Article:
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Renting on the rise

Analysts estimate that over the next few years, about 6 million more homes will fall into foreclosure. While this is certainly not good news for the properties themselves, it also means that many of those homeowners will become renters. The rental market has been favorable for landlords recently, setting records for low vacancy rates in many major U.S. cities.

The landlord-tenant relationship can be very beneficial for both parties if the home is in good repair and the lease is drawn up carefully. A well-written agreement can help avoid many conflicts during the course of lease and provide for resolution methods when disagreements do arise.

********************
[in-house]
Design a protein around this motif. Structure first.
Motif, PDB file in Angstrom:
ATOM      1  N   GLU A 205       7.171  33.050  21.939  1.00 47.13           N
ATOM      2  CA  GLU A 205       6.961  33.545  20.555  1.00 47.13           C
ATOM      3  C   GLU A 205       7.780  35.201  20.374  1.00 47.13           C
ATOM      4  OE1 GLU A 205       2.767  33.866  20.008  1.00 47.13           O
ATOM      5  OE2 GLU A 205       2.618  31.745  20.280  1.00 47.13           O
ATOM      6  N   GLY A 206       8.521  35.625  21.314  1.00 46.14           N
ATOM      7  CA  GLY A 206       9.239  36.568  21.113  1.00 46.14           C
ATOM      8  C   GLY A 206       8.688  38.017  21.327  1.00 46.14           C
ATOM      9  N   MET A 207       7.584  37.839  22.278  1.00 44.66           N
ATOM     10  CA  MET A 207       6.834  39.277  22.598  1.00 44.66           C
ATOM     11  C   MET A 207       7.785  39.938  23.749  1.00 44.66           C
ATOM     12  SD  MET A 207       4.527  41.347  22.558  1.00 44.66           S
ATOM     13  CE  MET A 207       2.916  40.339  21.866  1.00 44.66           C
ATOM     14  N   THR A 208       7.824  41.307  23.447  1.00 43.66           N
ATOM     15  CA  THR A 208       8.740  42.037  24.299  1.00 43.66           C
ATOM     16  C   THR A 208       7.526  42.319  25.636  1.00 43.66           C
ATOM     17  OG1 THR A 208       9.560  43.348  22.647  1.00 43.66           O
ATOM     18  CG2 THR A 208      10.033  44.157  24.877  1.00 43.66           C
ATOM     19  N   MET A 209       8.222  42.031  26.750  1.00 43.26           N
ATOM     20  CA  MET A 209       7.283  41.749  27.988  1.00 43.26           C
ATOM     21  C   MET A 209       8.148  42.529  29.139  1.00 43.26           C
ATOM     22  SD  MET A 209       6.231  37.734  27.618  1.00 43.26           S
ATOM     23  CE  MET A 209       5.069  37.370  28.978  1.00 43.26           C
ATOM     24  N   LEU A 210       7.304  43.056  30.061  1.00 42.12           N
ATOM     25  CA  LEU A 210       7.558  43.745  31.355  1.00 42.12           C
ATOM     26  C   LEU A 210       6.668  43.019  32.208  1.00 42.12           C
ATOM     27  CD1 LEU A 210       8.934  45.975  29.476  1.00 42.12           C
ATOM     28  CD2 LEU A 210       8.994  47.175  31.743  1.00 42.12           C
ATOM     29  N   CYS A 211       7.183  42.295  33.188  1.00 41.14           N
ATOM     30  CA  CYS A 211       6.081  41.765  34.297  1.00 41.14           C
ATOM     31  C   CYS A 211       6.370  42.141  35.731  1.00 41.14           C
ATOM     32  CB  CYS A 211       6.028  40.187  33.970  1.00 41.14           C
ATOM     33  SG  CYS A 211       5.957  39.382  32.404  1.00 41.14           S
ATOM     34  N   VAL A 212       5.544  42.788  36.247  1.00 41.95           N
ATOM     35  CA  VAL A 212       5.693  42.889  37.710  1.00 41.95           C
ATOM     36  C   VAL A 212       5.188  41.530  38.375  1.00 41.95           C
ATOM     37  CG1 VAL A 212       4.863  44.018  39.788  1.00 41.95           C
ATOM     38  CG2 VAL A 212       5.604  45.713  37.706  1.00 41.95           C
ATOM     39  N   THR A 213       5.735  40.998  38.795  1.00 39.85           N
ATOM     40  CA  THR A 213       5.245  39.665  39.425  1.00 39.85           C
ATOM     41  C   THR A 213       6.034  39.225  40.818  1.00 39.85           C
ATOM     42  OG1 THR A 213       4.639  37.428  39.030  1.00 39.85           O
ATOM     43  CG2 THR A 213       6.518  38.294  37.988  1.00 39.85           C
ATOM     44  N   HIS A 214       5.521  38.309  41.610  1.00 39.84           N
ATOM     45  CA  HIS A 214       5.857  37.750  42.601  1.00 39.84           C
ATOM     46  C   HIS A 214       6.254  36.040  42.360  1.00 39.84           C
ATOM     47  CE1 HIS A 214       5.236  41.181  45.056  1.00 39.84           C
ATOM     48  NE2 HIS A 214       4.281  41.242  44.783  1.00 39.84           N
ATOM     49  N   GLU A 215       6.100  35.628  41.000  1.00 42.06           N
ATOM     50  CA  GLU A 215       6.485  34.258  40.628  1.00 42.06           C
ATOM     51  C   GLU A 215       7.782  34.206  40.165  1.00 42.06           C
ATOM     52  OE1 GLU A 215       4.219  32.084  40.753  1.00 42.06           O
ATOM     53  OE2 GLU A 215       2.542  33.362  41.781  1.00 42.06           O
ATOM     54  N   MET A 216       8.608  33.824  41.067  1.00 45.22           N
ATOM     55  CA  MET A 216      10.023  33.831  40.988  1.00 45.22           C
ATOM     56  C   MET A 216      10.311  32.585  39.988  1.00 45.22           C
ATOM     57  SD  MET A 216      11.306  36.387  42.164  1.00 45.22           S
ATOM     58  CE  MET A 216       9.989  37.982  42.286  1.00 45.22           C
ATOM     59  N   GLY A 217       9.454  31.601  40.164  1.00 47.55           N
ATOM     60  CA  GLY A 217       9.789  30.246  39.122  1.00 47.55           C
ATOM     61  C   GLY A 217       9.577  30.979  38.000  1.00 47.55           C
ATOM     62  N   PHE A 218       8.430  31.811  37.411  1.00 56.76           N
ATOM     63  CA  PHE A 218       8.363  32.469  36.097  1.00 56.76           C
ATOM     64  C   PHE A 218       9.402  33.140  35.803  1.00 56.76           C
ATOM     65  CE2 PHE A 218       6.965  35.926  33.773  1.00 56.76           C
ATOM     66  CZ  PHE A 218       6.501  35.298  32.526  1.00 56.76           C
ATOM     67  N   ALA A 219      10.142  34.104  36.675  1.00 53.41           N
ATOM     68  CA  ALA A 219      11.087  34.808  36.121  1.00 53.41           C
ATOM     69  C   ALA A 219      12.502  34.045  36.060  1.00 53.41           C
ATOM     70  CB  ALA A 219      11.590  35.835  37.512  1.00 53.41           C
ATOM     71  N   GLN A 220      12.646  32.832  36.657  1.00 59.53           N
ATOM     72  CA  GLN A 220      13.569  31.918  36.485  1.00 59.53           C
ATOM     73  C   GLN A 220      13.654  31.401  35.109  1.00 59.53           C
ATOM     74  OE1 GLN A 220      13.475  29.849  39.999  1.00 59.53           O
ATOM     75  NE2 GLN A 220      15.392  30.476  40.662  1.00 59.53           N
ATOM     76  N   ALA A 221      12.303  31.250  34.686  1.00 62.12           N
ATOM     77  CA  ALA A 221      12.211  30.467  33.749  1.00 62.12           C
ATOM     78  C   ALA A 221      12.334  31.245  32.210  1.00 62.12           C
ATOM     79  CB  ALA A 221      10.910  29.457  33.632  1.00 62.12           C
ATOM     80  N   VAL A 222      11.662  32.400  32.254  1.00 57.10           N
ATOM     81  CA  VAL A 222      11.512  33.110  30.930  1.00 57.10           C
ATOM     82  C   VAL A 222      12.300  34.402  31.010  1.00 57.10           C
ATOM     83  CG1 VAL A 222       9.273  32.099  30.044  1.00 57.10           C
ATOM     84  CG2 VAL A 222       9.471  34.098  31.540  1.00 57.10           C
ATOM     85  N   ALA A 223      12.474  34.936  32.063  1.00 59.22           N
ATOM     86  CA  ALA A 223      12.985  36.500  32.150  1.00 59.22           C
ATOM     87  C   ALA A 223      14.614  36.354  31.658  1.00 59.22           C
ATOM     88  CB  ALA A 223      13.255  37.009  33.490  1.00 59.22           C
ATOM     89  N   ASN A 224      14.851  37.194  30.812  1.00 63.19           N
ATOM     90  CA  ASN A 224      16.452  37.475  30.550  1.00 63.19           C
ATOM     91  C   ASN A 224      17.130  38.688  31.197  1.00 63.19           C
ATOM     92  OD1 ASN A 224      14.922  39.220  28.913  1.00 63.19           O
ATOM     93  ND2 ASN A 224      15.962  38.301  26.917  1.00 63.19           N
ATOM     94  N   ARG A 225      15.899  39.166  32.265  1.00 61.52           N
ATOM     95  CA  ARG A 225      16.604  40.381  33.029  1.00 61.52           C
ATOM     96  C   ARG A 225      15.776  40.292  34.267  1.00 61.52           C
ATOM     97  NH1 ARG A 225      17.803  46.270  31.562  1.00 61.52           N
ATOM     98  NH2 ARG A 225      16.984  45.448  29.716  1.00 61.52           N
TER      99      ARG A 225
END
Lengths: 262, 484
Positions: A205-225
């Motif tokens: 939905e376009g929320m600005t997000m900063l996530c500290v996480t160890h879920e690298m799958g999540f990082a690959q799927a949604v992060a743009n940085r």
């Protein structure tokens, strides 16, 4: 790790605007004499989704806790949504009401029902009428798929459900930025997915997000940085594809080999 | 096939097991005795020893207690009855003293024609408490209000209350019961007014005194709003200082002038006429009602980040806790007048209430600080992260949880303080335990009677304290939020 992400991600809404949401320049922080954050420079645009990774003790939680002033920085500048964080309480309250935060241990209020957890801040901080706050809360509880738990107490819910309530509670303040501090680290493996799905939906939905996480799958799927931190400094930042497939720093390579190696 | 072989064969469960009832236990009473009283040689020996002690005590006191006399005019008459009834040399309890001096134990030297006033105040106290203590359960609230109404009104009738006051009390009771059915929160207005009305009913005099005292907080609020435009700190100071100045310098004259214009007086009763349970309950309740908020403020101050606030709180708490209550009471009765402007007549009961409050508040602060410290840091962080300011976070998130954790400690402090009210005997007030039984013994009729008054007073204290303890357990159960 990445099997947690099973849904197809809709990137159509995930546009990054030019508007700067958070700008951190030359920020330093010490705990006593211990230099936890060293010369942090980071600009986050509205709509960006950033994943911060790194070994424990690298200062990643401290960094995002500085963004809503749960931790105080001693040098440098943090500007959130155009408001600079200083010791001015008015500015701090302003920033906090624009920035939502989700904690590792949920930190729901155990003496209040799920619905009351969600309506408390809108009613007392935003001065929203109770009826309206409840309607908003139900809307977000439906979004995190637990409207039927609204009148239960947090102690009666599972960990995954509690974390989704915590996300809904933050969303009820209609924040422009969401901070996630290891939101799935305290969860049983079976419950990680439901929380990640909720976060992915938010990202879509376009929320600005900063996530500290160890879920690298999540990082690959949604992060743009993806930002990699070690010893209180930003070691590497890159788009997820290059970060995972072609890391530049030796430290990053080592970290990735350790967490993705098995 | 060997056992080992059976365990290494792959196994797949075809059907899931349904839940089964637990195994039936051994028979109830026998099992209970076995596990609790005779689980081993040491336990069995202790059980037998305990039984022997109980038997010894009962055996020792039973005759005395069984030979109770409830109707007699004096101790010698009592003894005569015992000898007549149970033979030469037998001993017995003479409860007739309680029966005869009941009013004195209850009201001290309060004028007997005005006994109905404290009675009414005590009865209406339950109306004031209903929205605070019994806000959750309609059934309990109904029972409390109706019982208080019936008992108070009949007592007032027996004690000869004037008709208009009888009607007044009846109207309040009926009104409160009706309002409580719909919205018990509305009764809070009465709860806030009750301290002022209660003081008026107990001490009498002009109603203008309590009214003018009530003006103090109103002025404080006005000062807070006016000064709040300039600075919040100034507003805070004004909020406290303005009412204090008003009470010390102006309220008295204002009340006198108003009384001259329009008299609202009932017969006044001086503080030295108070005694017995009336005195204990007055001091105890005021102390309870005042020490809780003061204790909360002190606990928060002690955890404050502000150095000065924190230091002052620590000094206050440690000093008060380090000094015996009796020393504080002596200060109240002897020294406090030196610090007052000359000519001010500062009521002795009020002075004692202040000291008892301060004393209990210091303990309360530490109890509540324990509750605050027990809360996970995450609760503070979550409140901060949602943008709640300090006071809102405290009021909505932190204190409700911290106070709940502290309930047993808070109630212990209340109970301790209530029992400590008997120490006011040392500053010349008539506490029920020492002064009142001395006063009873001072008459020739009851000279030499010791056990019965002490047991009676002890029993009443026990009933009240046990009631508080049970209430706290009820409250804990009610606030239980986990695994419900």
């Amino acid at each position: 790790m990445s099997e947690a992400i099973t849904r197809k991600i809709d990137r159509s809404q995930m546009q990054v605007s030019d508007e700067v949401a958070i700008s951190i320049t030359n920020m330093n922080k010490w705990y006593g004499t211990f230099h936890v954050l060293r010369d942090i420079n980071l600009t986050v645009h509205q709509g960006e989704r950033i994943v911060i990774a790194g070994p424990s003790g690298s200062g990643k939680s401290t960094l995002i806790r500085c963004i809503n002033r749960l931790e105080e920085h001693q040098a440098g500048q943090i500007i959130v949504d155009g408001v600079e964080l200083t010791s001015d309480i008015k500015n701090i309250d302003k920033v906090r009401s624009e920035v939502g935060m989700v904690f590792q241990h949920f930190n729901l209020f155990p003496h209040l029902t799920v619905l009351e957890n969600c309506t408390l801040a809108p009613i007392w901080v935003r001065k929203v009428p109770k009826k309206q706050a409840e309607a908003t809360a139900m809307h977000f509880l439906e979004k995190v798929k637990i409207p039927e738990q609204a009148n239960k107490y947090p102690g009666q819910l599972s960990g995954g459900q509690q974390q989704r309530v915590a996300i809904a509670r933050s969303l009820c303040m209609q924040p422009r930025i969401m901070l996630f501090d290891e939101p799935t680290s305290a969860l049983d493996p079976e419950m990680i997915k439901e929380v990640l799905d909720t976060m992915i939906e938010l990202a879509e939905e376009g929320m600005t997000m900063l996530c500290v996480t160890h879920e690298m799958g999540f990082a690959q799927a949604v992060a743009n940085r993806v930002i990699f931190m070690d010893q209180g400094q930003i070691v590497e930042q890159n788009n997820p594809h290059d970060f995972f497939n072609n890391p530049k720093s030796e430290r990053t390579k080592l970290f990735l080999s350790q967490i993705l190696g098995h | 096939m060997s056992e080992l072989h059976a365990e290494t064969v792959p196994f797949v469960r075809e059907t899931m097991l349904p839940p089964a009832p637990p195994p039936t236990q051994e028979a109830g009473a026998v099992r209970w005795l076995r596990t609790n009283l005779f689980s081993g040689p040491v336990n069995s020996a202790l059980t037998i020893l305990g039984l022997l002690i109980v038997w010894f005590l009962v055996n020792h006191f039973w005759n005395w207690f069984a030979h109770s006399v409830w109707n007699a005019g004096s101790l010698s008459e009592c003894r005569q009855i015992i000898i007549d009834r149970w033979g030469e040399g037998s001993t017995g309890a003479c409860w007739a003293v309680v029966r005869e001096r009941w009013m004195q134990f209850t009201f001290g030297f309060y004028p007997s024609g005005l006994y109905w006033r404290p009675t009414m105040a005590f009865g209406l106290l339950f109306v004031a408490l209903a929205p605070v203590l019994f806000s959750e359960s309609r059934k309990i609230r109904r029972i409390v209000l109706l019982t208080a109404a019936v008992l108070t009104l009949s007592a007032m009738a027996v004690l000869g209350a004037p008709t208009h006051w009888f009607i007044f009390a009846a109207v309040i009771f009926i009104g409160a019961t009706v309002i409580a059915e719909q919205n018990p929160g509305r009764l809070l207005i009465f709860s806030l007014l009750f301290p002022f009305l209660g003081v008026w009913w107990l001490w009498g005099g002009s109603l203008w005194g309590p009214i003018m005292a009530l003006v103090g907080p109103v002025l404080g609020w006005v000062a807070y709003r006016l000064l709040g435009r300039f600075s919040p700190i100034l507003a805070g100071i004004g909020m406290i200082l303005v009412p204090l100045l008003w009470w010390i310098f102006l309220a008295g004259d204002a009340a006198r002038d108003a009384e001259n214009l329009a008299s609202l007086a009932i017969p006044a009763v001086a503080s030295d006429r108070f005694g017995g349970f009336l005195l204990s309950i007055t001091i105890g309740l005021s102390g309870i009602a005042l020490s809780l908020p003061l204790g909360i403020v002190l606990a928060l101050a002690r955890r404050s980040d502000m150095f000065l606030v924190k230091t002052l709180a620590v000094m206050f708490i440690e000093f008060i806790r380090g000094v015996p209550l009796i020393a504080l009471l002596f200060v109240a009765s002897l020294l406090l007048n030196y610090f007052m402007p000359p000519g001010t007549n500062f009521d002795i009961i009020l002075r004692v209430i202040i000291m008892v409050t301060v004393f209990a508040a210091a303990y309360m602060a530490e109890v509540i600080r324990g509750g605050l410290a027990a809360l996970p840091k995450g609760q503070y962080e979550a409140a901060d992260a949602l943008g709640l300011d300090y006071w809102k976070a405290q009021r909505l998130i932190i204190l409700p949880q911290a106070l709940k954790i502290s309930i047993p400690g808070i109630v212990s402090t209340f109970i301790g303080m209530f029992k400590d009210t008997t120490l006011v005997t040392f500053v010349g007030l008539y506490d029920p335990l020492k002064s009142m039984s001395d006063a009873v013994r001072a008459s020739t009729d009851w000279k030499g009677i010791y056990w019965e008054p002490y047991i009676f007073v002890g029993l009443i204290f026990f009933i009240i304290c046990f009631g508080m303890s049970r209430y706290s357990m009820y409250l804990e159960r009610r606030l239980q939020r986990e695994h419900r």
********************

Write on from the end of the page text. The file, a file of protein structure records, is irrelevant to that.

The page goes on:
The percentage of people in the United States that own homes was at an all-time high in 2004, at about 70 percent. Since then, home values have decreased significantly. Experts expect the market to hit its bottom within the next year, at which point many anticipate that property values will recover. Meanwhile, it is still a good time to own a rental property.

We have previously discussed the potential for investment firms to engage in large-scale purchases of foreclosed properties and converting them into rentals.
Industry experts say that government intervention may be required to incentivize this practice, but that the likely candidates for this sort of program (Fannie Mae and Freddie Mac) are too politically polarizing to make it work.

If you're interested in converting a property that you own into a rental property, contact an attorney that works in this area of law for more information about how to accomplish this.

Source: Bloomberg, "Millions More U.S. Homeowners to Rent, Pimco's Simon Says," Jody Shenn and Tom Keene, April 24, 2012.

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